Today I continue an interview series that will run through the remainder of this year. The interviews will take place once a month and feature discussions with African Americans in formal leadership positions in academia, including department chairs, deans, associate deans, organization directors, and more. My goal is to provide our readers with information on the various challenges and opportunities that come with such positions and an understanding of the type of training necessary to become a successful academic leader. The first interview was with Dr. Corey D. B. Walker, Dean of the College of Arts, Sciences, Business and Education and John W. and Anna Hodgin Hanes Professor of the Humanities at Winston-Salem State University.
Today’s interview is with Dr. Jeffrey B. Leak, Professor of English and Africana Studies at UNC Charlotte. He has served as Director of the Center for the Study of the New South in the College of Liberal Arts and Sciences and most recently as President of the Faculty.
Cameron: I’d like to begin with your position as Director of the Center for the Study of the New South. What are some of the major duties and responsibilities that come with directing an organization such as this one?
Leak: My major responsibility was developing systematic programming around issues related to the New South in ways that would engage our faculty and students in the College of Liberal Arts and Sciences in particular and members of the University and Charlotte community in general. This involved continuing or creating relationships with colleagues and programs/departments on campus as well as institutions in the community. We partnered with, for example, the Chancellor’s Office, Athletics Department, Program in American Studies, Levine Museum of the New South and the Urban League in creating programs that impacted multiple communities. My point here is that I started with resources that might have not been utilized before in our campus community. In doing so, I was able to highlight various forms of faculty expertise beyond just our academic community.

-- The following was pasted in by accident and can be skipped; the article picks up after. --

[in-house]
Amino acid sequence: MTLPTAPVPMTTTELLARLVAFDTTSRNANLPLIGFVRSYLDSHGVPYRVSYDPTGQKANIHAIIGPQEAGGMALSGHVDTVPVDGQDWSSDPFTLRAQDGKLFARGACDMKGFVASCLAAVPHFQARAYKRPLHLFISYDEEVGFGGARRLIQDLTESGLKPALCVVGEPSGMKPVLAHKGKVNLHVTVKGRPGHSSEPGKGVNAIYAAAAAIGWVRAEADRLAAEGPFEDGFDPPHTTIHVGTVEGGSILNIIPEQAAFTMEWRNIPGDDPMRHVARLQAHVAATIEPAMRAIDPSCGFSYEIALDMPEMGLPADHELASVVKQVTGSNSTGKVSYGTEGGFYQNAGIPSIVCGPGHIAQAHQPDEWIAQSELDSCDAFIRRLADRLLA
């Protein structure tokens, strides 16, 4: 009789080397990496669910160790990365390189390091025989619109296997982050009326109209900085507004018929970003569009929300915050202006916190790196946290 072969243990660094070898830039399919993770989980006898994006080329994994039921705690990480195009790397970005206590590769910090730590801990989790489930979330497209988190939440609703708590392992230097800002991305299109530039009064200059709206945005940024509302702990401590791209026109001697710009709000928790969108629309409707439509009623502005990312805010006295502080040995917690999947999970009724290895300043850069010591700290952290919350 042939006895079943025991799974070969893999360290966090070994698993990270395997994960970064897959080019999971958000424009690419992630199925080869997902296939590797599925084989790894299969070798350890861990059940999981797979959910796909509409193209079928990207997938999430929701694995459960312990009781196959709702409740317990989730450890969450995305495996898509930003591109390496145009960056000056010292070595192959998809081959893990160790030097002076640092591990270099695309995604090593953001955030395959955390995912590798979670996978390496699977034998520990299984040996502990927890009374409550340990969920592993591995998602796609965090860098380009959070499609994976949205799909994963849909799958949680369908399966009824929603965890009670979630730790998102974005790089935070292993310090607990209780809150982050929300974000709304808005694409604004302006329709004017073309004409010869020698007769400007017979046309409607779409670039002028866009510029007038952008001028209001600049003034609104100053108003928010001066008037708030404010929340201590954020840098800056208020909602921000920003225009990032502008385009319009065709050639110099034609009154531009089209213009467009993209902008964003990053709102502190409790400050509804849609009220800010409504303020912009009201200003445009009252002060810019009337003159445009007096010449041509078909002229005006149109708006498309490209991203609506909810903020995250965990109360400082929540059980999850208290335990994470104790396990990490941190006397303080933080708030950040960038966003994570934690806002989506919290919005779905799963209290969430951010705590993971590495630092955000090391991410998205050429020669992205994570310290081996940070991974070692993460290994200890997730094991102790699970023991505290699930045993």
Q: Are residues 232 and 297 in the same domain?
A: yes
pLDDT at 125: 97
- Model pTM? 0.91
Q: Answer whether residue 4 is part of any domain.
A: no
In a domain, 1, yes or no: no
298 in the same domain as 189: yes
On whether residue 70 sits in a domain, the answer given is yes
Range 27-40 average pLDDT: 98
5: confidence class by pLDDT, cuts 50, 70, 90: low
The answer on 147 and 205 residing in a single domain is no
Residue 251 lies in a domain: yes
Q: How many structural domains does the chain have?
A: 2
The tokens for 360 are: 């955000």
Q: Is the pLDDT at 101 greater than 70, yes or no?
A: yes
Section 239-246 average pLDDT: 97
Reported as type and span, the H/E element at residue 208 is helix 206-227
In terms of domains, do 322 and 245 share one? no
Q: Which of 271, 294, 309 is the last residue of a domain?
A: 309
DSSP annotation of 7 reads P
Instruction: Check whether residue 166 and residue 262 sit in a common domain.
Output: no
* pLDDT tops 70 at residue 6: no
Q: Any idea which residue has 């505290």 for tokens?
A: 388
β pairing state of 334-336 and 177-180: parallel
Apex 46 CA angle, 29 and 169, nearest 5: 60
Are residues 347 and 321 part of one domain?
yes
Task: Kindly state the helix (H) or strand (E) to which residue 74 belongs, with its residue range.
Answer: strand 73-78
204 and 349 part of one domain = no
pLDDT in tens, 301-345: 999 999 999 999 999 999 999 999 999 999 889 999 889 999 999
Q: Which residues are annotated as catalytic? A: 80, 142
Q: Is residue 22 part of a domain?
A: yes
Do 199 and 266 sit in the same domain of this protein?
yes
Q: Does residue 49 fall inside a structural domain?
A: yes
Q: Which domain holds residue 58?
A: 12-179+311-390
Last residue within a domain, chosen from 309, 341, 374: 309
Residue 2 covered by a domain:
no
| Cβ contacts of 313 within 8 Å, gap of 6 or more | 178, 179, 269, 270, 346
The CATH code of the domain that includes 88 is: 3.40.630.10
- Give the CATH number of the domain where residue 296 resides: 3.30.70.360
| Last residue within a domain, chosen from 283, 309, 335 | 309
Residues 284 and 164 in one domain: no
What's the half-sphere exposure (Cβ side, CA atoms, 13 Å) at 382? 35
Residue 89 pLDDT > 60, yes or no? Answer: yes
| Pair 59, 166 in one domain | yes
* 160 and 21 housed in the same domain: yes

Cameron: What positions/experiences have you had prior to becoming director that best prepared you for the position?
Leak: A few years after earning tenure in 2004, I served as Faculty Associate in Academic Affairs. This opportunity enabled me to see the university in “big picture” terms. As I interacted with the leadership teams in both Academic Affairs and the Chancellor’s Office, I established connections with colleagues on the administration side that enabled me to move into the director’s position with a number of relationships already established. I did not know, in fact I had no inkling at the time, that I would serve as director, but what I’ve learned about leadership is that often the skill set you develop in one setting is transferable to another. But if there are certain aspects of leadership that you don’t have—such as a working knowledge of budgets—find a way to fill that gap.
Cameron: You have also recently been President of the Faculty at UNC Charlotte. What were your major responsibilities in this role?
Leak: Yes, I served as president during the 2015-2016 academic year. The primary responsibility involves setting the agenda for the monthly executive and faculty council meetings. In consultation with the provost and chancellor, the president shapes the priorities for the year, from, in my case, working through the approval process for major changes to the general education curriculum, to working with the chancellor’s office in preparation for the system president’s first visit to our campus, to the faculty response to House Bill 2. In other words, as president I played a major part in developing the faculty council agenda for the year, but I also served as the first point of contact when our senior leadership needed the faculty perspective on any number of issues that emerged during the year.